Abbreviations

ALPL: 

Alkaline phosphatase

BMP2: 

Bone morphogenetic protein 2

COL1A1: 

Alpha-1 type I collagen

DKK1: 

Dickkopf WNT signaling pathway inhibitor 1

HAP: 

Hydroxyapatite

MGP: 

Matrix gla protein

MSC: 

Mesenchymal stem/stromal cell

OCN: 

Osteocalcin

OPN: 

Osteopontin

SLC41A1: 

Solute carrier family 41 member 1

SP7: 

Osterix

TRPM7: 

Transient receptor potential cation channel, subfamily M, member 7

Declarations

Acknowledgements

The authors acknowledge the technical services provided by the Microarray & Gene Expression Analysis Core Facility of National Research Program for Genomic Medicine, Taiwan.

Funding

This work was supported in part by Novel Bioengineering and Technological Approaches to Solve Two Major Health Problems in Taiwan sponsored by the Taiwan Ministry of Science and Technology Academic Excellence Program under Grant Number MOST 105-2633-B-009-003. The authors acknowledge financial support from the Ministry of Science and Technology, Taiwan (MOST 103-2314-B-010-053-MY3, MOST 104-2321-B-010-008, and MOST 105-2911-I-010-506). This study was also supported by Aiming for the Top University Plan, a grant from Ministry of Education.

Availability of data and materials

All data generated or analyzed during this study are included in this published article and its supplementary information files.

Authors’ contributions

Y-TT, Y-YS, Y-AL, Y-SL, and OKL contributed to the study conception, design, and data analyses. Y-SL and OKL contributed to the drafting of the manuscript. All authors approved the final version to be published and take responsibility for the integrity of the data and the accuracy of the data analysis.

Competing interests

The authors declare that they have no competing interests.

Consent for publication

Not applicable.

Ethics approval and consent to participate

The study design related to animal experiments or human tissues was approved by the ethics committee of Taipei Veterans General Hospital, Taiwan.

Open AccessThis article is distributed under the terms of the Creative Commons Attribution 4.0 International License (http://creativecommons.org/licenses/by/4.0/), which permits unrestricted use, distribution, and reproduction in any medium, provided you give appropriate credit to the original author(s) and the source, provide a link to the Creative Commons license, and indicate if changes were made. The Creative Commons Public Domain Dedication waiver (http://creativecommons.org/publicdomain/zero/1.0/) applies to the data made available in this article, unless otherwise stated.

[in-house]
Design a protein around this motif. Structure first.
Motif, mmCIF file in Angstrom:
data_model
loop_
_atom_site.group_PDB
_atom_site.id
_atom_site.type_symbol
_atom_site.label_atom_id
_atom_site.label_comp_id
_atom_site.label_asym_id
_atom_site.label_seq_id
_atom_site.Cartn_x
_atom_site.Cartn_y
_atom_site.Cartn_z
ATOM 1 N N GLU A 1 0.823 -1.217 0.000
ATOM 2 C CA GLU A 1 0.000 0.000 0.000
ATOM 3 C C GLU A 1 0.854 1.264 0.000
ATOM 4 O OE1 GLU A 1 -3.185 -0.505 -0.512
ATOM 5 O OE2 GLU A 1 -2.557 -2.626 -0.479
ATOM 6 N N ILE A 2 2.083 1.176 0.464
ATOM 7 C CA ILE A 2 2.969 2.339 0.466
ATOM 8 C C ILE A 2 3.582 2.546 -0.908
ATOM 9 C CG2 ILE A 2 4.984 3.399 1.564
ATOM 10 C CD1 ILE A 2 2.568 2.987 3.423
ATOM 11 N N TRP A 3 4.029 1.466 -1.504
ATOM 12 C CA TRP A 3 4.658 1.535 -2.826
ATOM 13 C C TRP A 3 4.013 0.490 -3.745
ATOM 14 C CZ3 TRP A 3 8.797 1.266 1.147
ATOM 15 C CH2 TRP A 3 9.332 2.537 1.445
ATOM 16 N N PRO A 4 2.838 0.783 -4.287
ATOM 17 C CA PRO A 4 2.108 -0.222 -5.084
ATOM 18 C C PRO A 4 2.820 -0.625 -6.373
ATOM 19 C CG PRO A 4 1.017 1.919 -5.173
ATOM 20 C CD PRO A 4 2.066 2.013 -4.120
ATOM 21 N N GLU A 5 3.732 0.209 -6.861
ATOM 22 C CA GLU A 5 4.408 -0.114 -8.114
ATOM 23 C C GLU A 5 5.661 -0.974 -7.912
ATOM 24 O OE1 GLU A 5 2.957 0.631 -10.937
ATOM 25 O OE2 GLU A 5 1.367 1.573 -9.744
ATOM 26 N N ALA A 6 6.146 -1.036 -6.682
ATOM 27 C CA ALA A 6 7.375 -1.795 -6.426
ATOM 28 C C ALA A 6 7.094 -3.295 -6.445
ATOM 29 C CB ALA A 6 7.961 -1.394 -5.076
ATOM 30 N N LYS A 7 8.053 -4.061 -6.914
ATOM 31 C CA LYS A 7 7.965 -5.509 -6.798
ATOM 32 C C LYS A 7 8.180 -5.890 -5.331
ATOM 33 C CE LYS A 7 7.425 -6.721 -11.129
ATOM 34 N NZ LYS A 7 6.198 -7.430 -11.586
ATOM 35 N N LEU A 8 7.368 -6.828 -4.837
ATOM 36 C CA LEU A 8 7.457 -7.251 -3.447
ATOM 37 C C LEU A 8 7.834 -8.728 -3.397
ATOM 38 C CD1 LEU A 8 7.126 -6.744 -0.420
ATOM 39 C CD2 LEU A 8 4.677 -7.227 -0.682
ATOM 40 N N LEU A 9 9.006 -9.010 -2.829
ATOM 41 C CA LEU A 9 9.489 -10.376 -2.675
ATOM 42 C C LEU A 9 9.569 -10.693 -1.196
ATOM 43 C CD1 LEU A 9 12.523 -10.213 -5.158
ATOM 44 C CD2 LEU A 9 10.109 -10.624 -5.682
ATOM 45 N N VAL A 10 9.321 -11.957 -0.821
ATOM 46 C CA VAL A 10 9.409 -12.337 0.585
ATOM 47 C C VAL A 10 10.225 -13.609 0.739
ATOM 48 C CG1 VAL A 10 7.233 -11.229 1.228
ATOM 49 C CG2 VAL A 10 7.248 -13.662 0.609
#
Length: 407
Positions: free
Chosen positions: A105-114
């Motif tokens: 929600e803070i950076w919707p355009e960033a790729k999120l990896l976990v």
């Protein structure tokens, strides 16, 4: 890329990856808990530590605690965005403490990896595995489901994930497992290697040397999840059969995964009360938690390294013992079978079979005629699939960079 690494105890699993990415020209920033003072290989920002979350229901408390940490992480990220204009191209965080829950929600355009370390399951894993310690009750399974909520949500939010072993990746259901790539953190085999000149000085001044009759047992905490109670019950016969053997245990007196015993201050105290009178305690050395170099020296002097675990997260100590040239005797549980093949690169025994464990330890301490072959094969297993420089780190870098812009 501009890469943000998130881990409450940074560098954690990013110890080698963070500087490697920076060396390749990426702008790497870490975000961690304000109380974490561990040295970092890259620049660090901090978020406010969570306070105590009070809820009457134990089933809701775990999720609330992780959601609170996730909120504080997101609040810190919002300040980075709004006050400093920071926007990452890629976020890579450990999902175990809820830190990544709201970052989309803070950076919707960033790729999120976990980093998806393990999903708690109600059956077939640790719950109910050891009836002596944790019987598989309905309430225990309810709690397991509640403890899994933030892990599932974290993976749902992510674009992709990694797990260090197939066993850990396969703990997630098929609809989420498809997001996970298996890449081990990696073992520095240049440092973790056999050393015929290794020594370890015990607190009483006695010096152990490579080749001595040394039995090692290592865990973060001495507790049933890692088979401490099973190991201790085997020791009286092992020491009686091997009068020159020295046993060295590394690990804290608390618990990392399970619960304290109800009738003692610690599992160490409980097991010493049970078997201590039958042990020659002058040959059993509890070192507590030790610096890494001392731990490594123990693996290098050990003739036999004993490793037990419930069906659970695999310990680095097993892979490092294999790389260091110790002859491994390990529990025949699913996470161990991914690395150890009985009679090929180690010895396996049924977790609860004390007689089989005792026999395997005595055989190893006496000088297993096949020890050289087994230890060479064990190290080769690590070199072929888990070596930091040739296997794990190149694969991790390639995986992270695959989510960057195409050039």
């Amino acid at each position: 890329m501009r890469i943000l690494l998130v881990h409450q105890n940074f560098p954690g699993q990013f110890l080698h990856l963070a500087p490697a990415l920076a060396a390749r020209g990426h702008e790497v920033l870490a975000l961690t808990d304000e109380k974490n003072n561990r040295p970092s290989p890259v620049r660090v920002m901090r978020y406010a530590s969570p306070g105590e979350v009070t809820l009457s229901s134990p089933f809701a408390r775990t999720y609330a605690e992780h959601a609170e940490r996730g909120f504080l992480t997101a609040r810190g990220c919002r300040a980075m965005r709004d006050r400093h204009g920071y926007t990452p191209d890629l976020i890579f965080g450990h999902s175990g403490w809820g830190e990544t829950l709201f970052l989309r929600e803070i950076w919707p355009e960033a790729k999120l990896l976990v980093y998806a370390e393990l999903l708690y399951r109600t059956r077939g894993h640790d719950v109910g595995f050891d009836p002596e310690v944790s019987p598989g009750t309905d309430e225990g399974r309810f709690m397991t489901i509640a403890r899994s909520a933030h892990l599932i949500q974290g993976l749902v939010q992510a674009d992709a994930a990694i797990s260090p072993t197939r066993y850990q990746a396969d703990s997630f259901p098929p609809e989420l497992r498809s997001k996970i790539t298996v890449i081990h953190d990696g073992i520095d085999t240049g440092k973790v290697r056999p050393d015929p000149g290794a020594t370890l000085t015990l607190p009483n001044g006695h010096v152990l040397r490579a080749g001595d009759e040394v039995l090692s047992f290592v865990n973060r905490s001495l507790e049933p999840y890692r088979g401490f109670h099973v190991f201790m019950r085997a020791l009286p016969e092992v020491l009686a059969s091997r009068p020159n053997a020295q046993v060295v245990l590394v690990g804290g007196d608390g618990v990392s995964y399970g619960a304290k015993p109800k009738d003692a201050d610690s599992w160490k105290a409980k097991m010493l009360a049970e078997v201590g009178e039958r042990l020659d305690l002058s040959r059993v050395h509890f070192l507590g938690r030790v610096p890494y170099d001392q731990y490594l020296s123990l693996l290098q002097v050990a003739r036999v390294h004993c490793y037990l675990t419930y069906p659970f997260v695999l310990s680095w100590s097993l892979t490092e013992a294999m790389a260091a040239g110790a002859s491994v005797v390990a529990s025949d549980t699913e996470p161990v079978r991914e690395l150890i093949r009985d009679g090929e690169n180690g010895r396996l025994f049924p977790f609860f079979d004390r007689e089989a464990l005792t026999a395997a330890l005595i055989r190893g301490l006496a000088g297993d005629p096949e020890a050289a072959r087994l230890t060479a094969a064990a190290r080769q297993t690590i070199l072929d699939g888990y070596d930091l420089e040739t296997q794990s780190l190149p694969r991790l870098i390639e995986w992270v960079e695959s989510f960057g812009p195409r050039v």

Authors’ Affiliations

(1)
Institute of Clinical Medicine, National Yang-Ming University
(2)
Division of Nephrology, Department of Medicine, Taoyuan General Hospital, Ministry of Health and Welfare
(3)
Stem Cell Research Center, National Yang-Ming University
(4)
Taipei City Hospital
(5)
Department of Medical Research, Taipei Veterans General Hospital

References

  1. Sims NA, Martin TJ. Coupling the activities of bone formation and resorption: a multitude of signals within the basic multicellular unit. Bonekey Rep. 2014;3:481.PubMedPubMed CentralGoogle Scholar
  2. Neve A, Corrado A, Cantatore FP. Osteoblast physiology in normal and pathological conditions. Cell Tissue Res. 2011;343:289–302.View ArticlePubMedGoogle Scholar
  3. Persy V, D'Haese P. Vascular calcification and bone disease: the calcification paradox. Trends Mol Med. 2009;15:405–16.View ArticlePubMedGoogle Scholar
  4. Elin RJ. Magnesium: the fifth but forgotten electrolyte. Am J Clin Pathol. 1994;102:616–22.View ArticlePubMedGoogle Scholar